So, is the U.S. adopting a new approach to nuclear-armed Pyeongyang to try and bring it back to the negotiations table?
For an expert's view, we're joined live by Andrei Lankov, Director of Korea Risk Group, NK news and Professor of Korean studies at Kookmin University.
Professor Lankov, thank you for joining us.
It looks like Washington and Pyeongyang are at the closest point toward dialogue since Biden took office, with North Korean leader Kim Jong-un's comments that he is ready for "dialogue and confrontation" just in time for President Biden's new chief nuclear envoy for North Korea, Sung Kim's five-day visit to Seoul this week.
Still, U.S. national security adviser Jake Sullivan said Washington would need a direct and clear response from Pyeongyang expressing its willingness for talks. Is there a new approach adopted by the Biden administration?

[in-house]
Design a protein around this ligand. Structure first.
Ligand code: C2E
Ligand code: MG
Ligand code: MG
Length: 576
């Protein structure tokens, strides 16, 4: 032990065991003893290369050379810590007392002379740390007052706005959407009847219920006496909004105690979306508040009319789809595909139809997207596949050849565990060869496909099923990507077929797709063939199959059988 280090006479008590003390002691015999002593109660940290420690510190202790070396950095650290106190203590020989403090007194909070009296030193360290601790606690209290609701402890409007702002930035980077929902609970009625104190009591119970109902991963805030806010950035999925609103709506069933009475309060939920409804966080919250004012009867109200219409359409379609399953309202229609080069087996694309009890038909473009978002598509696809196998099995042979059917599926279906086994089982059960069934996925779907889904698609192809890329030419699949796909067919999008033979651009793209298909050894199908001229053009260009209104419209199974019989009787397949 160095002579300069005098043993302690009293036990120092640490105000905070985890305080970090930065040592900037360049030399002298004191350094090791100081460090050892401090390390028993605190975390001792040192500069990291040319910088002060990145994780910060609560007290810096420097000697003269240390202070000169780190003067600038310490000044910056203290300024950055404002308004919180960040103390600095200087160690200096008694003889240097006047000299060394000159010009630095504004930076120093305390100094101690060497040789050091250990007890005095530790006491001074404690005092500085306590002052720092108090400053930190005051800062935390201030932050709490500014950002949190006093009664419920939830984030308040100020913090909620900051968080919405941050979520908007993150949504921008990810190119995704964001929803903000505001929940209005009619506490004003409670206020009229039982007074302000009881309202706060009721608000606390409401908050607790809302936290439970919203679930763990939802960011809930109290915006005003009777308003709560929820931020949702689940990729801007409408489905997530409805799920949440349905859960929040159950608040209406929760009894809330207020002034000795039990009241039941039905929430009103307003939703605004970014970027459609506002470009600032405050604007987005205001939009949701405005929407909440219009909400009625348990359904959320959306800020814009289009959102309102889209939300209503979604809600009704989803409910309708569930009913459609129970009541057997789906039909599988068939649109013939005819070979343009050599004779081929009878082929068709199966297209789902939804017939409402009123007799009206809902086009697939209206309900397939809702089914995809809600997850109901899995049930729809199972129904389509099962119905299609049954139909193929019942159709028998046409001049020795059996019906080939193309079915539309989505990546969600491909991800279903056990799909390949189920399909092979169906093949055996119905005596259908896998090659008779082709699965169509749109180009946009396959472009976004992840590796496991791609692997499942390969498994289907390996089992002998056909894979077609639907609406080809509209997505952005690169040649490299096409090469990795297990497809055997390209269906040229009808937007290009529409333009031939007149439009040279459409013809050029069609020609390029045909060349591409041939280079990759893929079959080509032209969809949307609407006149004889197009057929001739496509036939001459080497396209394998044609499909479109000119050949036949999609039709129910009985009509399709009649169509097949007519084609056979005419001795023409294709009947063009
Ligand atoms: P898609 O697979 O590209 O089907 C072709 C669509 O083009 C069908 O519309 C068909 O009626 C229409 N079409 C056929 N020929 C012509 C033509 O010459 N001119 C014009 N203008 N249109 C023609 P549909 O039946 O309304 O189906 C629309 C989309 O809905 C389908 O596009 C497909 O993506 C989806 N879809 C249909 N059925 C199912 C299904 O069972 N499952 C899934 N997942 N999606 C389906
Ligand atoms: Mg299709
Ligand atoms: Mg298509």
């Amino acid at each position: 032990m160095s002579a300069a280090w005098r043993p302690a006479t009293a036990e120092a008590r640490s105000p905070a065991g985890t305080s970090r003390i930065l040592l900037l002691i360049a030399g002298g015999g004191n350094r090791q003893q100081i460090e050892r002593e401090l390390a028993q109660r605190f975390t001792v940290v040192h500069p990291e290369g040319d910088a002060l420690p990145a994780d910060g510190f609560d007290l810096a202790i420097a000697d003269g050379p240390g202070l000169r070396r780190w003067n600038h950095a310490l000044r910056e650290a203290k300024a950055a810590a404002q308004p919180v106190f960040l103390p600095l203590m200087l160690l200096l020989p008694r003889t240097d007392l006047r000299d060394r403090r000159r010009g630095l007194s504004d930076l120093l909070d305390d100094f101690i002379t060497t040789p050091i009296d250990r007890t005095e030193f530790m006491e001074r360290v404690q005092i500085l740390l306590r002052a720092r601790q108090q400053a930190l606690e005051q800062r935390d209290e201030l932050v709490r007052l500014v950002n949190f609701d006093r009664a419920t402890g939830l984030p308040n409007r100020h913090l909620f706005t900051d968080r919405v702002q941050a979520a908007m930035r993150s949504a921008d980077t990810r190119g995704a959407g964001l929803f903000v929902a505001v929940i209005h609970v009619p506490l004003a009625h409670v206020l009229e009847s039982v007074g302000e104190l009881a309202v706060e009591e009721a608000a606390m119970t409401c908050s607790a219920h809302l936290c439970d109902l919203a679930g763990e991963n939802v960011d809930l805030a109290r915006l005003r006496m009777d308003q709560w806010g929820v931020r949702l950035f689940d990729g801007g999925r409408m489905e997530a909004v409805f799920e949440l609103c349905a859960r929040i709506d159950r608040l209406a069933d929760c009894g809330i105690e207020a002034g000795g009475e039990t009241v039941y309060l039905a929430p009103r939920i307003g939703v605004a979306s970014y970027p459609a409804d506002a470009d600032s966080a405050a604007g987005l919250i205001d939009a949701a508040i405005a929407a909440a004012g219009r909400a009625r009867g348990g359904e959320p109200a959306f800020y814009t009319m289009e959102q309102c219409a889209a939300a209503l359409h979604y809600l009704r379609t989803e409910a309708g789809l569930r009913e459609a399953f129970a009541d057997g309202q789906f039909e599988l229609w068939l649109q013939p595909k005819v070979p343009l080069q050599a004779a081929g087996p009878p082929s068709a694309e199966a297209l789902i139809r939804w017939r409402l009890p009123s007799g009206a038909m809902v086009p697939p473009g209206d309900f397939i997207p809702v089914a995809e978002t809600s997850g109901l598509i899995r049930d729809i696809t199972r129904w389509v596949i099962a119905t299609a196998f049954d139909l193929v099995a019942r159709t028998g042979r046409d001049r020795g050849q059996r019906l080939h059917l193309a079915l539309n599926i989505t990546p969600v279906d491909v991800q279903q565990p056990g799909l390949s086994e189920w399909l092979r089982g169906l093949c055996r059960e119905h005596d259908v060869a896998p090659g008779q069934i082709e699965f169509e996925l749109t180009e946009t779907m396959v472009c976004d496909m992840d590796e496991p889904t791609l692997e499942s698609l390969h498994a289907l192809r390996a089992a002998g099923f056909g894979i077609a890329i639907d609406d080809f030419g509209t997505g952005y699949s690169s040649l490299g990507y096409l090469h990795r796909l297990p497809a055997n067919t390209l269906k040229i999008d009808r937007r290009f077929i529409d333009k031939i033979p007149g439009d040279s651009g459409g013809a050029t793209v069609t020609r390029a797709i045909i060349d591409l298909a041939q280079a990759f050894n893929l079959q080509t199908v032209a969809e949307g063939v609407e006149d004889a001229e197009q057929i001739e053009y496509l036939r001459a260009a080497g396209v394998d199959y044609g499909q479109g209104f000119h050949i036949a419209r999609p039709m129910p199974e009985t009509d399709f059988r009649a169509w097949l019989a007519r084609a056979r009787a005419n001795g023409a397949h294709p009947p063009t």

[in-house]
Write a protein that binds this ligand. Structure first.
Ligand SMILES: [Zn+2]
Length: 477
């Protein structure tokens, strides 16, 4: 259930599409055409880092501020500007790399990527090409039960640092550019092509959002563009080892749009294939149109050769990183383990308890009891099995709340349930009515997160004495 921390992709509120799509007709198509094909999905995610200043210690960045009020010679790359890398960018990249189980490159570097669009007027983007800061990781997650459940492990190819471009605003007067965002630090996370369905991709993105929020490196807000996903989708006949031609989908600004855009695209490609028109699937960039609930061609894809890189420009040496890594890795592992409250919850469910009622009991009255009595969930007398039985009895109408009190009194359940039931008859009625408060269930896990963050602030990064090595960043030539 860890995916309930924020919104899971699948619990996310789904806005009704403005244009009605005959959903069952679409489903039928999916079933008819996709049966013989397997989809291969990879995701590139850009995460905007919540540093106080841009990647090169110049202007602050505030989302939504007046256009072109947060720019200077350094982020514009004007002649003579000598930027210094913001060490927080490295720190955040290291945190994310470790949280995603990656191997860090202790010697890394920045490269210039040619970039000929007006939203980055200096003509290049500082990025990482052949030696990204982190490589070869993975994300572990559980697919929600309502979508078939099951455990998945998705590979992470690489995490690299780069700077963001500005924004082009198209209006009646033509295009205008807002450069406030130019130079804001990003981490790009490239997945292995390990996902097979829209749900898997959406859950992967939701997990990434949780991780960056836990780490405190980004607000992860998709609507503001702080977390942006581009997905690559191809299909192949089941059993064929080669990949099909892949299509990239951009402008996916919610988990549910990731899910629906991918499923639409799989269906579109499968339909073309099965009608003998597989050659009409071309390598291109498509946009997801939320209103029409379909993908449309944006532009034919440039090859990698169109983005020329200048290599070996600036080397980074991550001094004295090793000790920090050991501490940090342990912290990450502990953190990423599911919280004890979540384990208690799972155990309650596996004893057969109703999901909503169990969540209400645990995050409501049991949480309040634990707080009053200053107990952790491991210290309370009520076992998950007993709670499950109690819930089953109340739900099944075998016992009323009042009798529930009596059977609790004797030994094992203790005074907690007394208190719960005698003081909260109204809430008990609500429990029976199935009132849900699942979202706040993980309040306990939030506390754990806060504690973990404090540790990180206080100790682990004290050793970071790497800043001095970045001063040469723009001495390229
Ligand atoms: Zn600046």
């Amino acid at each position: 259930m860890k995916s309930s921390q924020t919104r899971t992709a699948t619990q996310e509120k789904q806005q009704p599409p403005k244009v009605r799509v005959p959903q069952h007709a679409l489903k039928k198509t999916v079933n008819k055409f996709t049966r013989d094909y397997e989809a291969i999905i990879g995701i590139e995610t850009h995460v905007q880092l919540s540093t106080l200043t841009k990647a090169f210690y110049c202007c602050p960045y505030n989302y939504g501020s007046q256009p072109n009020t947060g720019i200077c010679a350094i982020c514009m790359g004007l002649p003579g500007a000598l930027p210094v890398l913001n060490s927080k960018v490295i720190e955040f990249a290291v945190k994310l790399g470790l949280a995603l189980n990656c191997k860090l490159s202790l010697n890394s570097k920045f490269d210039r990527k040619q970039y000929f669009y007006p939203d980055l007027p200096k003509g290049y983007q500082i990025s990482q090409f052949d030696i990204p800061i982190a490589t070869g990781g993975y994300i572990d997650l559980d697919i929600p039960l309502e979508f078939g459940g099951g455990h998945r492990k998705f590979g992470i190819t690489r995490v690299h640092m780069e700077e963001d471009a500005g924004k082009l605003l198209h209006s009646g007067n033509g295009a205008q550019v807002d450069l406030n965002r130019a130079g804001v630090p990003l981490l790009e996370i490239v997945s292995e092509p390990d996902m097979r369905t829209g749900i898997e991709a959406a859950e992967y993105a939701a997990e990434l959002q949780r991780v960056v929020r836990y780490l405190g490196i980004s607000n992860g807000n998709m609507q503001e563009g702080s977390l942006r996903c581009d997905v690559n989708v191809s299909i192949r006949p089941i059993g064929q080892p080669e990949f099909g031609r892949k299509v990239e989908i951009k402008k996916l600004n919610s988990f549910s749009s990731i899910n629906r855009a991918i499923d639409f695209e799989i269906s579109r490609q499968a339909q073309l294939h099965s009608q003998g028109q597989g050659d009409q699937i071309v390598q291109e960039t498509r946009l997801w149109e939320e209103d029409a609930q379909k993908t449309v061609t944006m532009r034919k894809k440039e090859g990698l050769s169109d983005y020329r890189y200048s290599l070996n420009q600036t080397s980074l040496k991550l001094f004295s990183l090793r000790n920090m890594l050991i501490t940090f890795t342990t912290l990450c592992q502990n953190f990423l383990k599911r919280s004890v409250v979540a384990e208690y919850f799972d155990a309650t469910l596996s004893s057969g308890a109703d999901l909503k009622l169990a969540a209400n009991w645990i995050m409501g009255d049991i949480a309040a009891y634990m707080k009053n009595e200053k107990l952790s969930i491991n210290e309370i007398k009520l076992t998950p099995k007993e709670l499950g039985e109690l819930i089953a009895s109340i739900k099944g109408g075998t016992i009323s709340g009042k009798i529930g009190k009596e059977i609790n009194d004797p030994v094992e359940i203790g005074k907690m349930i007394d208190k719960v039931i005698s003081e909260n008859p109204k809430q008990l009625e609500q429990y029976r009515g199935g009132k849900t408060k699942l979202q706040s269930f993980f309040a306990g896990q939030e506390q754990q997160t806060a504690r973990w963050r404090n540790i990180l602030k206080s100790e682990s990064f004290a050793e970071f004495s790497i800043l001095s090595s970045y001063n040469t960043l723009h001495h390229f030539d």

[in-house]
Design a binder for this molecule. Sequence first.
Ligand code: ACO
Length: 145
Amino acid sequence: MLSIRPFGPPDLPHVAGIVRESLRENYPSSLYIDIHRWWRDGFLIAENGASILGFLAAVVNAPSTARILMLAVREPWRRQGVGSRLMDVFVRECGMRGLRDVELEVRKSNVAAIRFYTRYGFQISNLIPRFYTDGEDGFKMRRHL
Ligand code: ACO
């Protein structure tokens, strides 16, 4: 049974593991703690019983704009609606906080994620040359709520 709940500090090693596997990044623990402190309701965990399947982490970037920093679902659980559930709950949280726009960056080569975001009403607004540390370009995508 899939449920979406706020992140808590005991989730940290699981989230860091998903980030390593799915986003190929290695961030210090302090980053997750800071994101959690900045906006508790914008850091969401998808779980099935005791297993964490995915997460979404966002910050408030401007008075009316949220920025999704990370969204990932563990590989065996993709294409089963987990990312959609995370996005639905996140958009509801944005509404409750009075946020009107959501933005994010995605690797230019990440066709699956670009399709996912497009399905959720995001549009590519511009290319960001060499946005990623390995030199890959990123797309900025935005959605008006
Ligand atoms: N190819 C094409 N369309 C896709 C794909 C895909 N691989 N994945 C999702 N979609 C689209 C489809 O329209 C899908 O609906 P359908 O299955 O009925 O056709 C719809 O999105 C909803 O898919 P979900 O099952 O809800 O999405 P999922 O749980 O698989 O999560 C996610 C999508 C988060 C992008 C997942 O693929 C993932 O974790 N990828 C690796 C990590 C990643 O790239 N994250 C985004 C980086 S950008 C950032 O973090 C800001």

In your perspective, what are North Korea's conditions for dialogue at this point, and would the U.S. be willing meet those conditions to hold talks with North Korea? What would move Kim Jong-un to come to meet Sung Kim and his team for talks?
Sung Kim has said that he has no plans to contact North Korean officials during his visit. But, he did offer to meet with North Korea anytime, anywhere without any preconditions. How do you assess the possibility of the U.S. and North Korea making contacts below surface to arrange talks?
How do you see the outcome of S. Korea-U.S-Japan trilateral nuclear talks and the level of the three nations' cooperation against North Korea threats?
S. Korea-U.S. joint military drills will take place in August. Do you expect North Korea to carry out another provocation in protest against the drills, and perhaps to gain an upperhand before talks begin with Washington?
Professor Andrei Lankov joining us tonight. Thank you, as always, for your expertise.